I am developing ulcers and have had chest pain for a long time, as we are working in very bad conditions, horrible conditions. After a blast, it takes an hour for the dust, gases, and fumes to move out of the area. We’re supposed to wait to go in. But with the Chinese, they say, “Go, go, rush right away!” And if you don’t, they’ll terminate your contract. So we go straight into an area full of fumes and dust. And they don’t even give us respirators. We just receive mouth cloths, they say that respirators are too expensive…. The doctor said that these gases have caused my ulcers and chest pain…. The Chinese just don’t know safety. They only concentrate on production, production, we are nothing to them. I’ve seen people killed this way. Back in 2009, our mine captain, a Chinese guy, told one in my group to charge the end. The man said it was dangerous, said we shouldn’t go ahead because it wasn’t stable. The boss said that if he didn’t, he’d be dismissed. When the charge was set, rocks came down and crushed the guy’s leg. They failed to control the bleed, and he died…. I saw a similar thing happen back in 2006. That time, the rocks crushed the guy’s neck and he died instantly…. This stuff still happens, they still force us to work in unsafe places. And if you deny, if you refuse, they are going to dismiss you.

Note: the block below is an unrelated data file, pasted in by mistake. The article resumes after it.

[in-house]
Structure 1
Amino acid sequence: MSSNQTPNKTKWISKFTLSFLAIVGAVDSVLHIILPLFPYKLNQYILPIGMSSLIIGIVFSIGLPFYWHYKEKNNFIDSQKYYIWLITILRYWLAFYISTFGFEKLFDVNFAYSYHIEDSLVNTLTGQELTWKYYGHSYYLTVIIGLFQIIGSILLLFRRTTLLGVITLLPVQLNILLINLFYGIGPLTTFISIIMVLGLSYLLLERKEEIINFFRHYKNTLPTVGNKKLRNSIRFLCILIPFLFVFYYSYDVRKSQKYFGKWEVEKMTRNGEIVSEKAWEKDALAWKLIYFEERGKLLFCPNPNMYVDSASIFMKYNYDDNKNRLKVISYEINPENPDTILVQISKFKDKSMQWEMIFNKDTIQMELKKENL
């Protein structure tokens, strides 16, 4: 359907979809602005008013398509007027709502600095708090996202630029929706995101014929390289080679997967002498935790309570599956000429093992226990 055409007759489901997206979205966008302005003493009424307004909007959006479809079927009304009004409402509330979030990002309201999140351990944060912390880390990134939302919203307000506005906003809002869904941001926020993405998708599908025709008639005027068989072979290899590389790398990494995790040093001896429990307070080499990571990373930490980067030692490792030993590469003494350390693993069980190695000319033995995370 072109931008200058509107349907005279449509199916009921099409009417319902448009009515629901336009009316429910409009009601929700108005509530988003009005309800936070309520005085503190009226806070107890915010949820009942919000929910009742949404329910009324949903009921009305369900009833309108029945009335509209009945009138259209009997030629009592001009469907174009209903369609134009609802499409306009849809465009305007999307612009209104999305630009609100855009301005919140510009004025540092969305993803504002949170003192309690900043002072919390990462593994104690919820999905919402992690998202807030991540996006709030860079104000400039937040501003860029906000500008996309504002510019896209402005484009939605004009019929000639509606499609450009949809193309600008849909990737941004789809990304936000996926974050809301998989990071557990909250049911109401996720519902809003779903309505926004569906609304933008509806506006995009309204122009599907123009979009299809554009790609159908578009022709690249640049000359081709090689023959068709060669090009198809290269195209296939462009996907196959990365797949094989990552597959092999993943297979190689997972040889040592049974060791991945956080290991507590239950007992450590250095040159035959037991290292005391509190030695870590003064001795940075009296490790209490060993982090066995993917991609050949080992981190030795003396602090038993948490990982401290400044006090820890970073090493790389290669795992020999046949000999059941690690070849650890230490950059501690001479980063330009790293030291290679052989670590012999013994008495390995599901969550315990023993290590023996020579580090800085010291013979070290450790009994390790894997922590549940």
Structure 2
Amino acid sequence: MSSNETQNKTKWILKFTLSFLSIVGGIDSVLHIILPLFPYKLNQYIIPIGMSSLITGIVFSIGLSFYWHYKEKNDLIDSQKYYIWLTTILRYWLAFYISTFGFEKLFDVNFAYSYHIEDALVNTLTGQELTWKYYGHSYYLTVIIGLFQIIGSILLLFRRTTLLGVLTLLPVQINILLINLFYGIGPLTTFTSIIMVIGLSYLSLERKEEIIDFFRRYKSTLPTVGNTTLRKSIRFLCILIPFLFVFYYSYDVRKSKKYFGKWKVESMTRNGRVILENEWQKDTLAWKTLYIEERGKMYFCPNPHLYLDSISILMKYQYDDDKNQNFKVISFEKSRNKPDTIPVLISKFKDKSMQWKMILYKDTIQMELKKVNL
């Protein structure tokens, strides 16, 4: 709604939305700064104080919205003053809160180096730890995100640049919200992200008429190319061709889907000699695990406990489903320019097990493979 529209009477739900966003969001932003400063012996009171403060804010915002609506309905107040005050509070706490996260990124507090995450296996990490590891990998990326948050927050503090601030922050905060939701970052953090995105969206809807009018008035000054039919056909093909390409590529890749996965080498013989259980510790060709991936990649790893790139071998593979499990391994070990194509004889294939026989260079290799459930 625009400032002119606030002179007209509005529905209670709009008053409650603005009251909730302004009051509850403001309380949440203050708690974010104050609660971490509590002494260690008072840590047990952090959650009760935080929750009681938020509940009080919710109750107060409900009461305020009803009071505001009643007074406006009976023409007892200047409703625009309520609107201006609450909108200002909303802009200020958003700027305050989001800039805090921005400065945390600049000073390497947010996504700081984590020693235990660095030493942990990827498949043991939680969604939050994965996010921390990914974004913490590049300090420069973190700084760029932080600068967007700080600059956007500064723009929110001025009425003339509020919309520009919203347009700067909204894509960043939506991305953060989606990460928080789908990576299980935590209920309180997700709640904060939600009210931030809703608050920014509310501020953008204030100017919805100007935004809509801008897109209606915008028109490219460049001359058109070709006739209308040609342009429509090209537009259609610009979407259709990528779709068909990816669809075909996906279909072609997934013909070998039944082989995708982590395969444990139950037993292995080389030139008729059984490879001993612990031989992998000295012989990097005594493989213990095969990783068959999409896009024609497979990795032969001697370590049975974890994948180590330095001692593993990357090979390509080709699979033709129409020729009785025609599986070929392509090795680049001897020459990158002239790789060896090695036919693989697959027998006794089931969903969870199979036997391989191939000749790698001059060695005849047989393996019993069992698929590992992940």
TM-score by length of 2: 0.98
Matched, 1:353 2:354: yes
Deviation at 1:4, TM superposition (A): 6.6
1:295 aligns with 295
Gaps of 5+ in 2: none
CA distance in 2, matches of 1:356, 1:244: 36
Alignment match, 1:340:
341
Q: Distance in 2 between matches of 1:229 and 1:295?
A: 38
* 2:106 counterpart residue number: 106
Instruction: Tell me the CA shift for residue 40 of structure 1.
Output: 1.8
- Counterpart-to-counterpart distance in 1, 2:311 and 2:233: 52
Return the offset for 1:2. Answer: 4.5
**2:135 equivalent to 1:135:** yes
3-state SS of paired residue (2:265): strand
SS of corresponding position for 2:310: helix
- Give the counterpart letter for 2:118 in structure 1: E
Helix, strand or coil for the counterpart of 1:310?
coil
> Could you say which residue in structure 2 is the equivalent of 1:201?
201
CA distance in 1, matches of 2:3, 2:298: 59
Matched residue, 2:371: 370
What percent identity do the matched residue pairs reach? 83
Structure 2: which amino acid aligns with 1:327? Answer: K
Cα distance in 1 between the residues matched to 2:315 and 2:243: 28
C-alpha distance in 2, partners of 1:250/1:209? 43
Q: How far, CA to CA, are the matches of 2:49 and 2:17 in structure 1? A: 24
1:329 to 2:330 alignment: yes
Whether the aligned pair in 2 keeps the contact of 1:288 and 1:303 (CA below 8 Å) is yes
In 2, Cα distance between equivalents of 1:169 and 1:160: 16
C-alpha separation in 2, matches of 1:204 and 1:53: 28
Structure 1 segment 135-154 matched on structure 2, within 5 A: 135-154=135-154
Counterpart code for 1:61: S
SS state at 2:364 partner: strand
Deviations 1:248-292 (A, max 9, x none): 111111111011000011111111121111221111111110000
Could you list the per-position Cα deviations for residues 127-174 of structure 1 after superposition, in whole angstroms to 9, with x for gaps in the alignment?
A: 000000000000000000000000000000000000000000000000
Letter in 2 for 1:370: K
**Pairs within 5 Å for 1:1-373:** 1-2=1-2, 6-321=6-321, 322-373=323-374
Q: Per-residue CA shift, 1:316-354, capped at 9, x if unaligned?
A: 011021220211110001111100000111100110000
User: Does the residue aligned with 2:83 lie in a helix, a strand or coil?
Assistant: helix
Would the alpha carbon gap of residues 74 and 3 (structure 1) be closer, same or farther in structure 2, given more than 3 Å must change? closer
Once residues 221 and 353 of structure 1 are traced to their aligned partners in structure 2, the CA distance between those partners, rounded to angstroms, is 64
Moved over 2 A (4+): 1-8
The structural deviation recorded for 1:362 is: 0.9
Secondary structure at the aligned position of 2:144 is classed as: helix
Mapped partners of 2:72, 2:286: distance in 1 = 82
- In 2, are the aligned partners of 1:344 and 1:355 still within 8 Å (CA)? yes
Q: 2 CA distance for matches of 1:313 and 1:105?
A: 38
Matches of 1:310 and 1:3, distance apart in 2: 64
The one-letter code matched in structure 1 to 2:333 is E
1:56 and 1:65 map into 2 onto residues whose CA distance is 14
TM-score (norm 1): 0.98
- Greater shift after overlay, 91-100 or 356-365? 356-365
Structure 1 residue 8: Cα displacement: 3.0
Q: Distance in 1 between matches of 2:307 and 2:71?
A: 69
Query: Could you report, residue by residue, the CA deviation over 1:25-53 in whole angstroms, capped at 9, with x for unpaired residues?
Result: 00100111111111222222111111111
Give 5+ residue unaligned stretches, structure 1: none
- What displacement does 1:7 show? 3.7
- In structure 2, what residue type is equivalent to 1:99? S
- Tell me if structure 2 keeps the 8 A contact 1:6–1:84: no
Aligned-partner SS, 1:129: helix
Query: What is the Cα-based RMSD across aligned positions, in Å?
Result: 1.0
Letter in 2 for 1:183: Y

It’s difficult to handles these hours. We work 12 hours a day, five days, and 18 hours on the day of the change shift. It’s very tiring. During the week, we work from 6 to 6, either day shift or night shift. And then yesterday we worked from 6 p.m. until 12 [noon] today, an 18 hour shift; the group after us will work from 12 today until 6 [a.m.] tomorrow…. And we never get a break; they say it’s a continuous operation, so no break. They say the pipes would break because of the copper solution if we took a break. It’s very tough. If we eat, we have to while we work, or have a friend cover for a few minutes. There are times where you’re just so tired. And after transport to and from work, it’s 14 hours at least. My life is only my work here.
Jonathan Kemp, unpublished, 2011-2012
Immanuel Kant's philosophical strategy was to engineer the divide between the human and the non-human, by extruding the screaming Great Outdoors into a strait jacket as was necessary for the comfort of human thought.
As exit strategies from this anti-machine, that is, Kant's systematic distinction between things in themselves and things as they are for us, earth to human brain modalities executed by or with any weird apparatus are attempts to extemporize the Great Outdoors to the possibility of breakdown on the brain's inner horizon. That is, attempts to conceive of what the brain could do if all the noise and light and distortion of the earth came shuddering to us in an instant, as in the tumultuous horror of noise.